Last month Norman Silverstone photographed some artwork for local artist Pat Nicklin

Shooting a painting is exacting work

Last month I photographed some acrylic and watercolour paintings; what an elaborate setup it is to properly photograph such paintings.

I did a trade with Ben Friday a friend of mine. We traded his special web design skills to change my home page with my services for some glossy 13” x 19” prints using my exhibition quality Epson printer.

Ben is fantastic and really knows his business. This is his address http://www.fridaydesign.com if you want to go have a look at his web page.

Ben lives in Nanaimo and I live here, so how does he get the large photo files to me. He used a file transfer service called ‘Hightail’. Hightail will let you transfer files photo or text of up to 250mb for free. This is their address: https://www.hightail.com.       Another service that I have used is “Dropbox”, which will let you transfer files— photo or text—up to 2.25 GB for free. They say “Lets you bring all your photos, docs, and videos anywhere”. This is their address.       https://www.dropbox.com/home.

Of course both Hightail and Dropbox have paid plans to upgrade the service, but I find the free plan adequate for my purposes.

Last month I photographed some acrylic and watercolour paintings; what an elaborate setup it is to properly photograph such paintings. Here is how I did it; for the black background I used Staples “trifold foam board” in black. For the base I used a black artist board then a small easel was placed on the artist board and that was covered by a heavy black fabric.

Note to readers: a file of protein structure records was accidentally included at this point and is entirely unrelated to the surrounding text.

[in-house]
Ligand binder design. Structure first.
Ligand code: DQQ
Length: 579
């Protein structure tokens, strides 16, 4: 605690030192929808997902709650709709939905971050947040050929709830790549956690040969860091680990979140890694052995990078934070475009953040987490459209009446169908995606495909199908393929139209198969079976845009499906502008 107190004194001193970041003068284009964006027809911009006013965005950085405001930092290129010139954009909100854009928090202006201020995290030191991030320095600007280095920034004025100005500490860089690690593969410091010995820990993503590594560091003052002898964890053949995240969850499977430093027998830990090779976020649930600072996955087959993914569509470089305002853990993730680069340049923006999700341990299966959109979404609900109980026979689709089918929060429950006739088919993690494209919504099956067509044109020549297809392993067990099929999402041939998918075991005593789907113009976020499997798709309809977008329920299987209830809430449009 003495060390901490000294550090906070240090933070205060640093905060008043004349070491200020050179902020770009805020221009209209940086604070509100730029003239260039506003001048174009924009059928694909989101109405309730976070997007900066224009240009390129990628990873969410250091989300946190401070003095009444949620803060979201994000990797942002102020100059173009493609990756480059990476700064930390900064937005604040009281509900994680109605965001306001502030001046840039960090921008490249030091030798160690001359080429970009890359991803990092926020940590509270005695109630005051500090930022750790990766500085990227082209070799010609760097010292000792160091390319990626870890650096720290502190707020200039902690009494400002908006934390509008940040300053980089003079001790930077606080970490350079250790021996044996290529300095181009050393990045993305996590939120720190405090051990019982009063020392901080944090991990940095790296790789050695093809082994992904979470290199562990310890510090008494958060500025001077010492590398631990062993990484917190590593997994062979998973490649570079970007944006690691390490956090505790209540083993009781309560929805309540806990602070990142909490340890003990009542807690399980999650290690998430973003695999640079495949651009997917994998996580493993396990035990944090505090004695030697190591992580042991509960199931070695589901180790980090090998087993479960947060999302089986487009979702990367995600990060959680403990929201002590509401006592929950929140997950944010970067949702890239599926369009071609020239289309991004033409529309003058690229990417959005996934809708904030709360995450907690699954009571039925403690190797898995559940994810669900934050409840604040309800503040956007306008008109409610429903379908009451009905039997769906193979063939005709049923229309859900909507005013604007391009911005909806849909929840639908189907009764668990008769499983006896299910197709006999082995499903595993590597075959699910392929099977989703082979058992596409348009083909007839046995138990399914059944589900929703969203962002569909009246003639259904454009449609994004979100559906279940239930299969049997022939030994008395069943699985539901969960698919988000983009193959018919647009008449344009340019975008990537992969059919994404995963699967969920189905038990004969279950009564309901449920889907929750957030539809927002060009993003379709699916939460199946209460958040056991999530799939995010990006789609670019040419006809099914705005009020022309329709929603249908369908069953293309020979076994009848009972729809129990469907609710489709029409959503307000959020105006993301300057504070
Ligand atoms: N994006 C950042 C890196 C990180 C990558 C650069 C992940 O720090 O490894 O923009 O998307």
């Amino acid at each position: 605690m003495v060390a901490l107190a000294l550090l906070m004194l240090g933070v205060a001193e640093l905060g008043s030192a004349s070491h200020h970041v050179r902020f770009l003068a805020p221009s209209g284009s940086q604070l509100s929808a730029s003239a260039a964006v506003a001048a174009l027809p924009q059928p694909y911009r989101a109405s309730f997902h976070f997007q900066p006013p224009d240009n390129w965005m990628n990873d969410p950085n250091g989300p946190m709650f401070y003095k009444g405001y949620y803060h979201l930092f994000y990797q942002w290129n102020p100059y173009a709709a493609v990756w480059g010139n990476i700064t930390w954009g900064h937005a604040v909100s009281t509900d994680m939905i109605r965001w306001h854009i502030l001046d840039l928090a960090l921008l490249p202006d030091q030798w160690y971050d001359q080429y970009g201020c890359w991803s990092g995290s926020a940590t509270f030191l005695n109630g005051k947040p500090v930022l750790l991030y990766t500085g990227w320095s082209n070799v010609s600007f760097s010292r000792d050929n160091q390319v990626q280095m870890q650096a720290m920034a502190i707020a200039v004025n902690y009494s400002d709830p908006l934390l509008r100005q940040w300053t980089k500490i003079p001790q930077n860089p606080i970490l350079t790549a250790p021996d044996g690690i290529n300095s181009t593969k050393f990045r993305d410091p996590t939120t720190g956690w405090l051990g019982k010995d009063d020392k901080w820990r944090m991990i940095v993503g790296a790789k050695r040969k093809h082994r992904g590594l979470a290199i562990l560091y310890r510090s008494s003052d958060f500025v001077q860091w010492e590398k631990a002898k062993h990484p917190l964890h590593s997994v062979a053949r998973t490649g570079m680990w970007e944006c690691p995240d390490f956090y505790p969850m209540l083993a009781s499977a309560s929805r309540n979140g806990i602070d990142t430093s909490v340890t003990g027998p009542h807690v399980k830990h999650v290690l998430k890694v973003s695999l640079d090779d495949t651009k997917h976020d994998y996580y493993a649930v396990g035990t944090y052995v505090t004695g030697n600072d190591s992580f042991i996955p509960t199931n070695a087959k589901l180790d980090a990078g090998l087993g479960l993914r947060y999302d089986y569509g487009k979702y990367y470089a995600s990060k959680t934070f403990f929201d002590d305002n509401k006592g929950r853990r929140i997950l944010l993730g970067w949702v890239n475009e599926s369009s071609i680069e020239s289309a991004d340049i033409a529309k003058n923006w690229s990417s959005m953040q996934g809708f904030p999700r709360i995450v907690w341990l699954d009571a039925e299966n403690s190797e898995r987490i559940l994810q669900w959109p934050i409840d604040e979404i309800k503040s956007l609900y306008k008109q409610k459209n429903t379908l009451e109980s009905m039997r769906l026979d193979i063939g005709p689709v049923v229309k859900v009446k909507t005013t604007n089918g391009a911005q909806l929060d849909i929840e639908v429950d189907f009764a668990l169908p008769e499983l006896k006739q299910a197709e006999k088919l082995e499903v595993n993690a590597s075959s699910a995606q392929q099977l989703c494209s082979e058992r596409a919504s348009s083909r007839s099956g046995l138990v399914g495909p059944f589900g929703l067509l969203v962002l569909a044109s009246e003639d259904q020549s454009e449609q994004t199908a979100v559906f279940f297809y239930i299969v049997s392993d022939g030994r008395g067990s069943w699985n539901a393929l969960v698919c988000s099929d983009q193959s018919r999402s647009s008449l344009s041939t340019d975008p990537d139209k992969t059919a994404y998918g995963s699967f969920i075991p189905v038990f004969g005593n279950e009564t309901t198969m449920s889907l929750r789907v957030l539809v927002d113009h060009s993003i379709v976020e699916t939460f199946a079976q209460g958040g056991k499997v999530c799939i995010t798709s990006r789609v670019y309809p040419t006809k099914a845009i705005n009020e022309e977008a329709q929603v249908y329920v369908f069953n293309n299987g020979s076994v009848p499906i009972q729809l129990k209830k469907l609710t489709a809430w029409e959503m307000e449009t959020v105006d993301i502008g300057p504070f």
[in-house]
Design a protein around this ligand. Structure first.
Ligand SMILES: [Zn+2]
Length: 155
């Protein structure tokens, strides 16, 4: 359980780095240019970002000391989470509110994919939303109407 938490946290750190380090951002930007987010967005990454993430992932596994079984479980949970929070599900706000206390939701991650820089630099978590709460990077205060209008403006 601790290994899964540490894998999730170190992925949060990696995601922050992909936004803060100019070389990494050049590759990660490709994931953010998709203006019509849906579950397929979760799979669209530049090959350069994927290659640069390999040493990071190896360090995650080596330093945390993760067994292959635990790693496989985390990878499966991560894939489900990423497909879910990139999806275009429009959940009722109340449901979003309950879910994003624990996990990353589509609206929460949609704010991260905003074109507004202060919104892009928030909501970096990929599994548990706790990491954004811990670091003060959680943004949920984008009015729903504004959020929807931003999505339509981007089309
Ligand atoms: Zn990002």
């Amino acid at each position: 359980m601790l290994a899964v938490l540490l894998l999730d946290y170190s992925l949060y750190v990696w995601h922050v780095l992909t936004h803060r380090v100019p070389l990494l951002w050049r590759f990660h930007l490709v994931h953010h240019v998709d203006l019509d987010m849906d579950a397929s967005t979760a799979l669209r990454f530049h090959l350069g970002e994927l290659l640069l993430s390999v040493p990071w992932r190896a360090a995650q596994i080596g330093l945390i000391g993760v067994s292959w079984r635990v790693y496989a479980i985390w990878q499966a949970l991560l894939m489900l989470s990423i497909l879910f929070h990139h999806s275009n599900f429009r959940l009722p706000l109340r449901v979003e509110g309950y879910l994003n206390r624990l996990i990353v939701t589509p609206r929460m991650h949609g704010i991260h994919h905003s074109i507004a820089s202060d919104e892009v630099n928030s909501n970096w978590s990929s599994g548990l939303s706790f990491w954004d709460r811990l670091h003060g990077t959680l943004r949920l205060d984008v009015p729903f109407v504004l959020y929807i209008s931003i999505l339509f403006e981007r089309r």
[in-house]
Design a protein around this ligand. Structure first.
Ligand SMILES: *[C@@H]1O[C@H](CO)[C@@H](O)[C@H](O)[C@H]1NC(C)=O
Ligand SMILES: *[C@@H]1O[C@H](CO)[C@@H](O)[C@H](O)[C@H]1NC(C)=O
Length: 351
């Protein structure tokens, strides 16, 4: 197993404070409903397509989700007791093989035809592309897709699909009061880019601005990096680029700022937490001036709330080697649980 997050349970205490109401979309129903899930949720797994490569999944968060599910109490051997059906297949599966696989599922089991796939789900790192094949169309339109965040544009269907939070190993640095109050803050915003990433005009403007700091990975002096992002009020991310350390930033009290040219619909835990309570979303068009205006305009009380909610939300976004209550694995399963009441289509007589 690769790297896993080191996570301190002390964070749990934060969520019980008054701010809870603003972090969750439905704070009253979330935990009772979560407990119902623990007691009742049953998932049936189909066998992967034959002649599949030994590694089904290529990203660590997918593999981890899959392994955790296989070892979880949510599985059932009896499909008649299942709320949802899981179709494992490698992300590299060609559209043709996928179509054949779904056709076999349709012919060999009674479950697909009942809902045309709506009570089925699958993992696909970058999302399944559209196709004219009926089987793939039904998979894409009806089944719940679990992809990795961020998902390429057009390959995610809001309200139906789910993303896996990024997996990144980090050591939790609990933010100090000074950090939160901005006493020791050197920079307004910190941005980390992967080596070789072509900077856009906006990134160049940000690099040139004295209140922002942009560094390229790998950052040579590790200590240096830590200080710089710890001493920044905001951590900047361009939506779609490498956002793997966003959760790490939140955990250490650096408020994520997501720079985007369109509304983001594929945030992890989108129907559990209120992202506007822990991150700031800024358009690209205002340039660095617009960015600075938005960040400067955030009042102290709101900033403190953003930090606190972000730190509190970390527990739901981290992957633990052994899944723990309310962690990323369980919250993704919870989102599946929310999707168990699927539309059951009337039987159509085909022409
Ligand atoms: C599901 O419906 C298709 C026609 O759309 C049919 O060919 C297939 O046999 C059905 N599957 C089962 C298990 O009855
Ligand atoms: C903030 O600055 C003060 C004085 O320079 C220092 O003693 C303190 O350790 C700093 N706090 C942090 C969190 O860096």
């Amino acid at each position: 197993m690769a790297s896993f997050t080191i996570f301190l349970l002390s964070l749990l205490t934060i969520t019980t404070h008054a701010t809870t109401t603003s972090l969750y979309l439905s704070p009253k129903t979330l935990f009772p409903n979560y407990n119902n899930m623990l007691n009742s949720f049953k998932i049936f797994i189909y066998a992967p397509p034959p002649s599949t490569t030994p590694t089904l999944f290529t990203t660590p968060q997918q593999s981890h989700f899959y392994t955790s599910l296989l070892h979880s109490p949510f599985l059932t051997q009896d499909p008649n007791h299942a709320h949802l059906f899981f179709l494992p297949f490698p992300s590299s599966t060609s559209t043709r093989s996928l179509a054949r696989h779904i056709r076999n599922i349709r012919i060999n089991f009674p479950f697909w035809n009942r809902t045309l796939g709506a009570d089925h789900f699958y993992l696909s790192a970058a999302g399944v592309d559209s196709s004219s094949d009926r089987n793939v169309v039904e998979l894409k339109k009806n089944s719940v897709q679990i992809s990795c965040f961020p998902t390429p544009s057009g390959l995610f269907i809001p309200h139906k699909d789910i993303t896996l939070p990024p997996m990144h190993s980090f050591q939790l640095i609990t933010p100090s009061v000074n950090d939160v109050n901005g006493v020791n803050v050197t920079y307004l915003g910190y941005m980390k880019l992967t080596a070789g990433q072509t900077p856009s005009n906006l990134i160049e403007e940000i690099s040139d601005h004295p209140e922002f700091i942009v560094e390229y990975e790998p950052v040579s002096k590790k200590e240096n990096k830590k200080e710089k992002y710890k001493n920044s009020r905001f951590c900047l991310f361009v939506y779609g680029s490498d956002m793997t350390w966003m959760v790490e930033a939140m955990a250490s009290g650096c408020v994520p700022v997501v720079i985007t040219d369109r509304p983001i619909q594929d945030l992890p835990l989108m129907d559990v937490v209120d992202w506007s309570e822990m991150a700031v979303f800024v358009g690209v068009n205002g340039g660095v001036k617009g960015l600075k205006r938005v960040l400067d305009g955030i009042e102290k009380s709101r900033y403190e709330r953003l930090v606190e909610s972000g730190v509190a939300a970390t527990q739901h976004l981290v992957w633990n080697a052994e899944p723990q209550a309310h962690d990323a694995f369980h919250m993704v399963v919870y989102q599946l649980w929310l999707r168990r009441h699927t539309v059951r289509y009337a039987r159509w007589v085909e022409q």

As for camera placement, I measured the distance from the side wall to what would be the center of the painting and placed the tripod and camera at that same distance so that the center of the painting would be in the center of the viewfinder.

Using a spirit level I leveled the camera so that there wouldn’t be a skewed photograph of the painting. Are you still with me? Don’t nod off now, there’s more.

I placed the two “X” strobes at 45 degrees to the painting and five feet from the center of the paintings. Then I used my flash meter to determine the exposure and carefully placed the painting on the easel. At the bottom of the painting I put an 18 per cent grey/white card so that I could easily match the colours of the painting when I would be printing the photographs.

With the camera in “manual” mode I set the 18 ~ 70mm lens at 52mm so that the painting would fill my viewfinder, the ISO at 200, the aperture at f8 (the reading from the flash meter), the shutter speed at 1/125 of a second (even though my flash synchs at 1/250th) so that no extraneous light would be recorded. Using an electronic cable release I fired off a shot.

I got some ugly glare on the painting, so I moved the lights to about a 50 degree angle, fired off a shot, and—perfect.

Yes please, try this at home.

Last September I made a batch of Slivovitz brandy using the plums from our plum tree. It had to mature for three months, until Dec. 24.

On that day we strained the fruit out and put it in a container and then passed around some shot glasses full of the stuff. Wowee! Potent.

One last thing before I go…I am now two years and one month cancer free.

Any questions?  E-mail me at nsilverstone@telus.net or see me online at www.silverstonephotos.com.

 

Norman Silverstone teaches photography through North Island College and Eldercollege in Port Alberni.

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